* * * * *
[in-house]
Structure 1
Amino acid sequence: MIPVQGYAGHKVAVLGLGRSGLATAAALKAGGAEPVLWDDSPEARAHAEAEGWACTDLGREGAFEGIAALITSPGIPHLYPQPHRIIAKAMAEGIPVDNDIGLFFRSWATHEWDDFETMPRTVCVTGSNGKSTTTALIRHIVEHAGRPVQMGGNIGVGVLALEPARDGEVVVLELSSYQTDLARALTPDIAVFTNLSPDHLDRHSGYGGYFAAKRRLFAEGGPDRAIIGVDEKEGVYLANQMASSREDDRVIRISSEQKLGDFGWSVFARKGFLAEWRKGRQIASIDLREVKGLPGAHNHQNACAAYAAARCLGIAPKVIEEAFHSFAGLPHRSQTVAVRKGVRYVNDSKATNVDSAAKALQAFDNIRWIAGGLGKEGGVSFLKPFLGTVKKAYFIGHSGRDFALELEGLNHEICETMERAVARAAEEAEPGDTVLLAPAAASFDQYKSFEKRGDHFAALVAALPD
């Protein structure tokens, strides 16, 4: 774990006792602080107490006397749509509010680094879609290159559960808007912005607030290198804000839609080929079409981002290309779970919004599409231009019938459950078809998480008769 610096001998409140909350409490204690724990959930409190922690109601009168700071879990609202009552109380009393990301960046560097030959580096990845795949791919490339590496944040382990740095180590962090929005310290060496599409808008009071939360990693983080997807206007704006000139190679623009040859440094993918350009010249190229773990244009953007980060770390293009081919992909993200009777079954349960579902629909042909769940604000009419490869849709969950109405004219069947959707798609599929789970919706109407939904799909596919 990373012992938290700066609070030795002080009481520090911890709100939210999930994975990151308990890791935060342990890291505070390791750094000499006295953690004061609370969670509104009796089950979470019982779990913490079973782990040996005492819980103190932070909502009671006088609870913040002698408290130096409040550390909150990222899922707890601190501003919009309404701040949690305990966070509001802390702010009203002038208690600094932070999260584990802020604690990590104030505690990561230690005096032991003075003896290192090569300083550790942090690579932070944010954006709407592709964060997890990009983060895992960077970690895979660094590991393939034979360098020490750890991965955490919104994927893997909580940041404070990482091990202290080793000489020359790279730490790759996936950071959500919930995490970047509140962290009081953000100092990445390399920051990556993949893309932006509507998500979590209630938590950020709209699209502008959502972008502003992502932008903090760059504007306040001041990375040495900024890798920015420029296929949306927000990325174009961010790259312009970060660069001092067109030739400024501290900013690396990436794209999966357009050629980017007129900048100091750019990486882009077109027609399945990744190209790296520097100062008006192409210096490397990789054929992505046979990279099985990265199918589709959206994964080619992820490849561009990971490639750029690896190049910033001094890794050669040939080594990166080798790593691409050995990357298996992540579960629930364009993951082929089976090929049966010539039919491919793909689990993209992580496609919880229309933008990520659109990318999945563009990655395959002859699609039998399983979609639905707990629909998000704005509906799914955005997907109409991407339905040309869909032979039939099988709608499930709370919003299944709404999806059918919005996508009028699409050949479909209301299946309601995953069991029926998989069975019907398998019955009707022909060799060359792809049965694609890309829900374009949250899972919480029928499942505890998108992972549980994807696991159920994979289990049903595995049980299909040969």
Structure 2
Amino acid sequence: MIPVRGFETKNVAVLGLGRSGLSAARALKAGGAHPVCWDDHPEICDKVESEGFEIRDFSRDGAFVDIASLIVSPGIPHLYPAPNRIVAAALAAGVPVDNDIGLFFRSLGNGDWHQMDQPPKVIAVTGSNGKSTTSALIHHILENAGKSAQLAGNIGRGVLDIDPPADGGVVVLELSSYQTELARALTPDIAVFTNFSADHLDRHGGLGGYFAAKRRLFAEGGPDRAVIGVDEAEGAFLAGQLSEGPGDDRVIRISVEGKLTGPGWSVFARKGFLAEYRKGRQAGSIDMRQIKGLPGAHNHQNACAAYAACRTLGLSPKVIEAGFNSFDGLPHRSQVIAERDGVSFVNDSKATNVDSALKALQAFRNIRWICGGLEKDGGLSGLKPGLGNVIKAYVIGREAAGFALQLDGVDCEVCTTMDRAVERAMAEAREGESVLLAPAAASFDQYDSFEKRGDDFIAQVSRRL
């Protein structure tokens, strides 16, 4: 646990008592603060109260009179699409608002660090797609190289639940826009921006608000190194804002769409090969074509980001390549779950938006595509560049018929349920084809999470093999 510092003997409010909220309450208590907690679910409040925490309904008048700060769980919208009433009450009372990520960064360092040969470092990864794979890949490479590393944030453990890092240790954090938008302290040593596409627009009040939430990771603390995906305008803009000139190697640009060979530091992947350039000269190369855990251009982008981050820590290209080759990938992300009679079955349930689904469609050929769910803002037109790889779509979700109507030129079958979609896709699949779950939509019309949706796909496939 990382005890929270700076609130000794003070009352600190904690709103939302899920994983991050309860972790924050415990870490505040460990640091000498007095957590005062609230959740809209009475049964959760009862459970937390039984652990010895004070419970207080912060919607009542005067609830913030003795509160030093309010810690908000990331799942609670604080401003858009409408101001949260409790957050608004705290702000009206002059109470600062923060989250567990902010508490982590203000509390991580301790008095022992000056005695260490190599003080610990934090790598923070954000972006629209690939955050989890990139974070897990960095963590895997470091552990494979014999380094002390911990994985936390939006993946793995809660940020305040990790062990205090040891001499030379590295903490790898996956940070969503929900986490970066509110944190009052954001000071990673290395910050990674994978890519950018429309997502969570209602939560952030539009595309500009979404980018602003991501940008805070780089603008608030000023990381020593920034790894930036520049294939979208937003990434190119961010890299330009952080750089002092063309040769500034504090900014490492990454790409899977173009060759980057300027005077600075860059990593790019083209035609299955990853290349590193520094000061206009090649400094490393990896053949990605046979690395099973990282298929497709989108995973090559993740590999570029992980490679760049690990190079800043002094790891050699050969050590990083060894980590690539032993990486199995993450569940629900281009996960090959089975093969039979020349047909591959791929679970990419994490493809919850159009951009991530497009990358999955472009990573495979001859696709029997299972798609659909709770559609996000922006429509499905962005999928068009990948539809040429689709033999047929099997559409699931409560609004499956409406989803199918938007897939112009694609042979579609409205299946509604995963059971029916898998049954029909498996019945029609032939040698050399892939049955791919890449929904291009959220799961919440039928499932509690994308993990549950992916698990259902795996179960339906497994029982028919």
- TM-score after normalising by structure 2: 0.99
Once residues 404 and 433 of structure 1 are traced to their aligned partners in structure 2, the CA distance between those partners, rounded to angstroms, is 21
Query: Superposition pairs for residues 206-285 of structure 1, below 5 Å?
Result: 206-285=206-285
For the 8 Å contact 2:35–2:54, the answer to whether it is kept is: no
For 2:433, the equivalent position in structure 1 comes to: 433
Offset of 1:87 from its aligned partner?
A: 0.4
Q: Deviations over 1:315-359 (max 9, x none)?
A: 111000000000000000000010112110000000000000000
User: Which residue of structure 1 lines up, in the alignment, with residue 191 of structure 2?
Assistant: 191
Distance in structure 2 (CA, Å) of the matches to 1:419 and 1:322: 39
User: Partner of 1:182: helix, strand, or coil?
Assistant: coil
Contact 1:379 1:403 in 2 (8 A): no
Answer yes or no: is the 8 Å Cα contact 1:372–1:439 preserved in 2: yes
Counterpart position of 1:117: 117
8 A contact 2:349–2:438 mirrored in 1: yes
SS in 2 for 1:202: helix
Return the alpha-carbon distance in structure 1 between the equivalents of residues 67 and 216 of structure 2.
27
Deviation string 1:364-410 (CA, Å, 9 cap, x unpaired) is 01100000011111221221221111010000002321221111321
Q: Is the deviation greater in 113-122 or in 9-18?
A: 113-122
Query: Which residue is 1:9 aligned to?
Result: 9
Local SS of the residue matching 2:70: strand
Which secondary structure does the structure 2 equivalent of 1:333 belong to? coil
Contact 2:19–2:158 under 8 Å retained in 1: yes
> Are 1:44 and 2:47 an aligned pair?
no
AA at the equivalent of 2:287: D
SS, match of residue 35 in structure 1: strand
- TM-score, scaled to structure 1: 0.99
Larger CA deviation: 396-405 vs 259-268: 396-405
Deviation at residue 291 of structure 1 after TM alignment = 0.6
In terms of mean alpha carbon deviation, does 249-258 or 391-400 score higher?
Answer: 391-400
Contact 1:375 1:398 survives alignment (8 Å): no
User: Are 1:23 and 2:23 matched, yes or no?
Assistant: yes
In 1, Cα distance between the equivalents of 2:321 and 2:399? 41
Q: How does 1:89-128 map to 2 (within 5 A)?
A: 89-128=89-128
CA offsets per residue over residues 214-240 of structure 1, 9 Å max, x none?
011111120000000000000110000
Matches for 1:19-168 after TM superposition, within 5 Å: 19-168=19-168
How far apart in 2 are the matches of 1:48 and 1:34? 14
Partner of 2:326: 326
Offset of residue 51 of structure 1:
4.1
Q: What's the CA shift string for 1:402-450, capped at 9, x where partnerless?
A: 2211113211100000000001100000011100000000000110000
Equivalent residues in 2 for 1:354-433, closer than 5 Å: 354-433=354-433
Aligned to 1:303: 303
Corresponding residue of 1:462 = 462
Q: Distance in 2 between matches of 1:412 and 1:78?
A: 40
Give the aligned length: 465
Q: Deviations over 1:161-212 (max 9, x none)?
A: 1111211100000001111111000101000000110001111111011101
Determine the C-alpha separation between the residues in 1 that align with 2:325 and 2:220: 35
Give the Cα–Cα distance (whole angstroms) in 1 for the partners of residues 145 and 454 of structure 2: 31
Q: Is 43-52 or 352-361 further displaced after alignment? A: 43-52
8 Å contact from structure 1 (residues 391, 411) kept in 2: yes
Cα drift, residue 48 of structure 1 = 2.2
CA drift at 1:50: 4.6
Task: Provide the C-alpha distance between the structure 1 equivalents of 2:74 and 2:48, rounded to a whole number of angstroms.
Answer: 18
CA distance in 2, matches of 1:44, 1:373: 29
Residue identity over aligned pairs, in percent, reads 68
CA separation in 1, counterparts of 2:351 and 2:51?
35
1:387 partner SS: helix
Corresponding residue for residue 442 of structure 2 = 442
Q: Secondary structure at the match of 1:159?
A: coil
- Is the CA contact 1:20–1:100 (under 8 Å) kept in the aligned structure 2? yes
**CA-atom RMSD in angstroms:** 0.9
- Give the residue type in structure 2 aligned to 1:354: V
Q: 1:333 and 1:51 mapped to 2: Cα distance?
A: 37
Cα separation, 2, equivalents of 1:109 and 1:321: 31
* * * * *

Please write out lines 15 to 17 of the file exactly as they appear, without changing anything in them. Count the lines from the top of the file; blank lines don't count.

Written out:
A: 0.4
Q: Deviations over 1:315-359 (max 9, x none)?
A: 111000000000000000000010112110000000000000000